Together, they drive the thriller forwards at a relentless pace. Rogue Nation literally rushes from one chase to another – a daisy chain of thrills that combines bikes and cars with electrifying speed. The result risks being too long, but unlike Ghost Protocol, the final act in the UK capital feels like a crucial part of the plot; an emphasis on Simon Pegg’s sidekick Benji (promoted from tech guy cameo to best mate/active field agent) even stops him from feeling too much like the token comic relief.
But Pegg’s recurring role, alongside the familiar ensemble of Jeremy Renner (as William Blandt, sorry “Brandt”) and Ving Rhames (as hacker-supreme Luther Stickell) only emphasises the fact that the series has never given a proper second appearance to a female character. Mission: Impossible – Ghost Protocol was promising because it ended with a team of agents, including Paula Patton’s Jane Carter, ready to carry on the torch from Tom Cruise’s Ethan Hunt. To see them all sidelined for more of the same male-heavy action is a disappointment.
Thank goodness, then, for Rebecca Ferguson, who steals the show from both its leading man and its director. Who? If you haven’t seen The White Queen, in which she played Elizabeth, you may not know, but that only makes her turn even more effective. She is sublime as Ilsa Faust, an enigmatic secret agent whose character is that she is an enigmatic secret agent. On the one hand, that means she’s the stereotypical elusive female upon whom the largely male cast can project their various ideals. On the other hand, that means she get on with the business of espionage without having to explain or justify herself, as any efficient operative would.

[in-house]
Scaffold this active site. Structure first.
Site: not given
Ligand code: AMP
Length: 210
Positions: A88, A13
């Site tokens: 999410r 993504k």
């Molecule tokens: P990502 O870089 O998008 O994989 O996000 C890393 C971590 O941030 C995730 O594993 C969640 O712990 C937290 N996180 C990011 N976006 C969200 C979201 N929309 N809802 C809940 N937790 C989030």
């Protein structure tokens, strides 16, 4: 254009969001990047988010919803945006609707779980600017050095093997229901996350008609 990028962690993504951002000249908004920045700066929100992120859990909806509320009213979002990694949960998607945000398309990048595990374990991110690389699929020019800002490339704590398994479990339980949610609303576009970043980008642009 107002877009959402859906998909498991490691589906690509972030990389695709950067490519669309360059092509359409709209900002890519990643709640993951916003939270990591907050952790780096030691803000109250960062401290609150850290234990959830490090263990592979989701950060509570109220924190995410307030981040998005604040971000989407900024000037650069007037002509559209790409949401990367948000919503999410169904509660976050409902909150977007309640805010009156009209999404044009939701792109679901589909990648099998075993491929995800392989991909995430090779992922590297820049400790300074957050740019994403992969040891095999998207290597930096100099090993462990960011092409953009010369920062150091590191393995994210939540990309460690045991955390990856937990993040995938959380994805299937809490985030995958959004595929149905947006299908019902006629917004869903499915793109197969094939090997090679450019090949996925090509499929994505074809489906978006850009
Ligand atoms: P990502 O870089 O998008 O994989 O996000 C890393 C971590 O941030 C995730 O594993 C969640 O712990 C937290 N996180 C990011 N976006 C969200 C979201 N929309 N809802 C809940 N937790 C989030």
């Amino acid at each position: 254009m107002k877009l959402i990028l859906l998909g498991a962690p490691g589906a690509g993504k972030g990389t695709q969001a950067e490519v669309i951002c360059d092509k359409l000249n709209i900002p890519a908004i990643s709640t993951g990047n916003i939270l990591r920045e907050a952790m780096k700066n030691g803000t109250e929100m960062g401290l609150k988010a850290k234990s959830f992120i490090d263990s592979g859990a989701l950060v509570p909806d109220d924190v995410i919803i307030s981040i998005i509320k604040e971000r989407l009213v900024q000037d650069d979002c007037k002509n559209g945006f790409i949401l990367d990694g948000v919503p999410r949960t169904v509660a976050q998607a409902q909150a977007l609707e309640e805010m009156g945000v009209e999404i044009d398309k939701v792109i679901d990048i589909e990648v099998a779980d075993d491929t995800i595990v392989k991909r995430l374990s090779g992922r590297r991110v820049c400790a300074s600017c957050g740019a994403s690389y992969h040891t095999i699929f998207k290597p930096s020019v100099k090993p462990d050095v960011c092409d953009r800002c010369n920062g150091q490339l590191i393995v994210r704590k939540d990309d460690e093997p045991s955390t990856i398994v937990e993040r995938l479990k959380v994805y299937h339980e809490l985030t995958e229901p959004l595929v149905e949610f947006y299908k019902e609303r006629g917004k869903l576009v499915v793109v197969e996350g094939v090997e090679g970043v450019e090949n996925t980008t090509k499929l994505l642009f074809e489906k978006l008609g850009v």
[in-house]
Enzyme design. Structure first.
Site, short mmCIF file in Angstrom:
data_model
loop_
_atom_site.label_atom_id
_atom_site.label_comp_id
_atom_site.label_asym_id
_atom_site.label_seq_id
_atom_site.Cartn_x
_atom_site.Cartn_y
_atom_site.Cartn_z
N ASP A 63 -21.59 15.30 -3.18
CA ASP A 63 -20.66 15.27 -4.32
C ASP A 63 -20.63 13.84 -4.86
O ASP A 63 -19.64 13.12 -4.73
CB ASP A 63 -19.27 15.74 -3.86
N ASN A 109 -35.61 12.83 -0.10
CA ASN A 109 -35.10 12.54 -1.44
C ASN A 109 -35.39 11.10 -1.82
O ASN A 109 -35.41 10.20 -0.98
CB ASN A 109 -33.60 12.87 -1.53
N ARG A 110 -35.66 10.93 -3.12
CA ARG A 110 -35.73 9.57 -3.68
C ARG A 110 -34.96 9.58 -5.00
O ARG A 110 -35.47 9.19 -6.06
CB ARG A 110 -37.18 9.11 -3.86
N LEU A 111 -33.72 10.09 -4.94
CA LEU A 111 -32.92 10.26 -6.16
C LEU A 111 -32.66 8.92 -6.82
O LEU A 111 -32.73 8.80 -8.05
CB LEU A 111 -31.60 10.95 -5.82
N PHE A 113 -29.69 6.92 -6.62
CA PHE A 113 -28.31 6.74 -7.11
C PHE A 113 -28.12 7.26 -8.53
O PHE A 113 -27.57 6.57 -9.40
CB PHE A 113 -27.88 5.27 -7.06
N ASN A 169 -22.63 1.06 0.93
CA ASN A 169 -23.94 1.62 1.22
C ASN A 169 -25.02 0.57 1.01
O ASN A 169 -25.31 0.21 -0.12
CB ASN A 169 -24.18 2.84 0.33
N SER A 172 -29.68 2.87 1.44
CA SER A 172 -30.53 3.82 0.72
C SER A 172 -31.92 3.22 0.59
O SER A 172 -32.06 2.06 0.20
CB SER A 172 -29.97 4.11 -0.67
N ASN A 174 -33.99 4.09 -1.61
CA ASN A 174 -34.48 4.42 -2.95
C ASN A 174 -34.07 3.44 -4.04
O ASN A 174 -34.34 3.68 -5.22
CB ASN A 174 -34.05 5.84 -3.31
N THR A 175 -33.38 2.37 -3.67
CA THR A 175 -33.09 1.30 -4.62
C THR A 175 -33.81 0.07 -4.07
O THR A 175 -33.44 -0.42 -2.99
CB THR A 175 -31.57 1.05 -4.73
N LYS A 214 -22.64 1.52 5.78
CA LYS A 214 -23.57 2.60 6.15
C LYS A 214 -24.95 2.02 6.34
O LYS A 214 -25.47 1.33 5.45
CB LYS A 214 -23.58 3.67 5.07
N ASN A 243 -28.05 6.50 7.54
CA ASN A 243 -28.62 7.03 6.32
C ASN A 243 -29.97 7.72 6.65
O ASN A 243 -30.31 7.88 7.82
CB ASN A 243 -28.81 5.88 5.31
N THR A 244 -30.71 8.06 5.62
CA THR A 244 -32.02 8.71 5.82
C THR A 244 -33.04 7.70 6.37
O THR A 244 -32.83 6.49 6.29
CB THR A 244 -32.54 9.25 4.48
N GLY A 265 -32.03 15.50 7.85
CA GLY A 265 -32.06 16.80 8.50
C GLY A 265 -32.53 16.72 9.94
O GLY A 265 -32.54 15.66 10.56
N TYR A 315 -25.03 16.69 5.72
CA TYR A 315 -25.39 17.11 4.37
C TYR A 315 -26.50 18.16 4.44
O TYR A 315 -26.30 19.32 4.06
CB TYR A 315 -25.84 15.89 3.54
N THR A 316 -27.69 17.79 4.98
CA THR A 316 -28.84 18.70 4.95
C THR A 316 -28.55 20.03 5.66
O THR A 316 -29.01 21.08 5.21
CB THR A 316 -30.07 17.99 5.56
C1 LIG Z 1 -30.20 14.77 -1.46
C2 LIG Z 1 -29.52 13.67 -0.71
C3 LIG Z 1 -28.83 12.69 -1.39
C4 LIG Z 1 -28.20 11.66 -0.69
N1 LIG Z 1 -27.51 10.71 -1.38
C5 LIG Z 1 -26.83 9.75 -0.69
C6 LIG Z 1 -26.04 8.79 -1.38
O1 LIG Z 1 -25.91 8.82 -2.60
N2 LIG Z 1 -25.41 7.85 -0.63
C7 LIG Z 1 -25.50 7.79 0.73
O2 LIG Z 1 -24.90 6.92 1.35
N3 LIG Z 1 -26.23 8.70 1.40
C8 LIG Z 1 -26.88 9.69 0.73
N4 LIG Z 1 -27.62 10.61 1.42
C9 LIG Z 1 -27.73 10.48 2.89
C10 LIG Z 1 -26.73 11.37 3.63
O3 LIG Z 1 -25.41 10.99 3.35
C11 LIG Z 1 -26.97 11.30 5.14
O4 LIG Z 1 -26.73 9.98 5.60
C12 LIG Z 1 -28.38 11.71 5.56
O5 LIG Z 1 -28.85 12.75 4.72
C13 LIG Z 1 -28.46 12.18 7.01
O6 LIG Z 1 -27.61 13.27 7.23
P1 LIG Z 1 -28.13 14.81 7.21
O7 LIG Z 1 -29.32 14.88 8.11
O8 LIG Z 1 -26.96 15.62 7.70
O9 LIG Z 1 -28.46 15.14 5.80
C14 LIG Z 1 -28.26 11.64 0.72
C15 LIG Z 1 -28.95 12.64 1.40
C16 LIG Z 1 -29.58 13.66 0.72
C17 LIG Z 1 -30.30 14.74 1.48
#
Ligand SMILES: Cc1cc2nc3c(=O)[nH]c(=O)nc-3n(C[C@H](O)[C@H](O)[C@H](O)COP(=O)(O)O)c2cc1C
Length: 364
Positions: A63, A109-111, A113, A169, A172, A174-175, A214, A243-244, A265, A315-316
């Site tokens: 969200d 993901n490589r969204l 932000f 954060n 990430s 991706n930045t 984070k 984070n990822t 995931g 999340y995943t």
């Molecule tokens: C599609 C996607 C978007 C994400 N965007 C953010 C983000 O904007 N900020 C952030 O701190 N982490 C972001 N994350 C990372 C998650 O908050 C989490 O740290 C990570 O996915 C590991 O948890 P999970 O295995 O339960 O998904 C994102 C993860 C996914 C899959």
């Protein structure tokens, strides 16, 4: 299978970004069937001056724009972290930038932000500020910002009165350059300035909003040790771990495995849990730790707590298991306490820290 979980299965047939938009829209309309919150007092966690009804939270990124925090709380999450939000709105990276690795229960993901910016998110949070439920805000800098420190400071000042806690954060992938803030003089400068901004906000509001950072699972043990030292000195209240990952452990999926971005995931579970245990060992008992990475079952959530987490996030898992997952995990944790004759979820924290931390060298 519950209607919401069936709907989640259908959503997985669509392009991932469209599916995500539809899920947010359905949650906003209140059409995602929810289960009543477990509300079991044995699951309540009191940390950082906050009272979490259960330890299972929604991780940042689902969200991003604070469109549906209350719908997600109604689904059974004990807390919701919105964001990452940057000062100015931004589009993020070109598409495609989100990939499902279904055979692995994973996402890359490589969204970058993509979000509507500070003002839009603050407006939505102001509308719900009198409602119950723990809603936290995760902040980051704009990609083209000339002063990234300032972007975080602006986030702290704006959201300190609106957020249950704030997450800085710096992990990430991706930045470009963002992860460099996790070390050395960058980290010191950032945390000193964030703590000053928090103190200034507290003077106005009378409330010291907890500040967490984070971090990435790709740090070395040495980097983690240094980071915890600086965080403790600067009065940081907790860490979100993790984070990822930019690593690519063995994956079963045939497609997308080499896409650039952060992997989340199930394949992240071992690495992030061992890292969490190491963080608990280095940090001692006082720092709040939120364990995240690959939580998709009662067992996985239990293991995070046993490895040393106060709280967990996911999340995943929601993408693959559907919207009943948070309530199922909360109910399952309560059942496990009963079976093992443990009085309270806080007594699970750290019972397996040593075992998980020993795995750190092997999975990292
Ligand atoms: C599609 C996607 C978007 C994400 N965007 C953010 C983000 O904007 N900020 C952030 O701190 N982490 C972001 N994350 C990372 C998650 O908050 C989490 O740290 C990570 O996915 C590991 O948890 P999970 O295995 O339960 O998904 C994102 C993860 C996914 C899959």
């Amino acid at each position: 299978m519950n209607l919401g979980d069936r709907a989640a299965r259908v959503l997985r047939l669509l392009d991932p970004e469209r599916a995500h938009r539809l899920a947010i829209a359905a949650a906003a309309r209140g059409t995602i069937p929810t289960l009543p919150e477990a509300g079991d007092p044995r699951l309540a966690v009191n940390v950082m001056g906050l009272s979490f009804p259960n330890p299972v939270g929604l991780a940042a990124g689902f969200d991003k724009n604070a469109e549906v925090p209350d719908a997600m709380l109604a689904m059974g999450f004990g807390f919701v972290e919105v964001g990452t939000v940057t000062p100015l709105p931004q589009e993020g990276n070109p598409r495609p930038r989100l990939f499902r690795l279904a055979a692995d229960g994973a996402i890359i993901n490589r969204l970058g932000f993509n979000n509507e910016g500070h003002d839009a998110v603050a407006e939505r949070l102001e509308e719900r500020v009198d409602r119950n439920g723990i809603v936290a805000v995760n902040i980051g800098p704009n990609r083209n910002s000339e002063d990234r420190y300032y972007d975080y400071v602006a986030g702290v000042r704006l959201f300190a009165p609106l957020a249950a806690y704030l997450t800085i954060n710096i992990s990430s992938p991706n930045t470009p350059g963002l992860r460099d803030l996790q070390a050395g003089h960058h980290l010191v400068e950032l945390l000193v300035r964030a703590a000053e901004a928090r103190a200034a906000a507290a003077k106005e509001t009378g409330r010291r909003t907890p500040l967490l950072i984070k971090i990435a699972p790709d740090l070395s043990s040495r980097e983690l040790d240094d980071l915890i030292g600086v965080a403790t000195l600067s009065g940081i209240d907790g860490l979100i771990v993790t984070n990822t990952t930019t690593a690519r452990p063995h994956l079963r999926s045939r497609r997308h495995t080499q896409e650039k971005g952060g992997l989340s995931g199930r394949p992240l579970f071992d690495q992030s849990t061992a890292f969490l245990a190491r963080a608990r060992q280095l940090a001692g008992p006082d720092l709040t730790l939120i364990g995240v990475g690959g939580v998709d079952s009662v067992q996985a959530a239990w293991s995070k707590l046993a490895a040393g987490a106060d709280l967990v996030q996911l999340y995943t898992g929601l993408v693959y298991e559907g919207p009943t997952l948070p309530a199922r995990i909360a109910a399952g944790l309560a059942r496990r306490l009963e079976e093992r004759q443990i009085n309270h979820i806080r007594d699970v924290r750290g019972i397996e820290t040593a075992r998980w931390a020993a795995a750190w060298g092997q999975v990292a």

McQuarrie’s camera dives in for a cliched shot early on, but even as she and Ethan clash in Vienna, both dressed up for a glamorous concert, there is no forced romantic subplot between them. The nearest she gets to being the movie’s love interest is her implied relationship with Sean Harris’ villain, who is in charge of The Syndicate (the “anti-IMF”). One scene with McBurney, on the other hand, gives her the kind of depth that could power a whole season of the BBC spy series.
Most importantly of all, Faust saves Hunt’s life (rather than the other way around) without it being a big deal. That sense of his weakness is McQuarrie’s main achievement: for the first time, he conceives a challenge that is genuinely not possible for a human to overcome – a fact that gives this film’s ludicrous action a surprisingly grounded sense of peril. Visceral thrills? Check. Intelligent plot? Check. Actual female character? Check. It’s just a shame, then, that Ferguson, like the women before her, likely won’t return in the next sequel. It makes you wish for more screen time devoted to her – say, the whole of M:I-6. A whole sequel without Tom Cruise as the main character? After managing the implausible feat of rediscovering its mojo five times over, that, you sense, is the only impossible mission left for this franchise.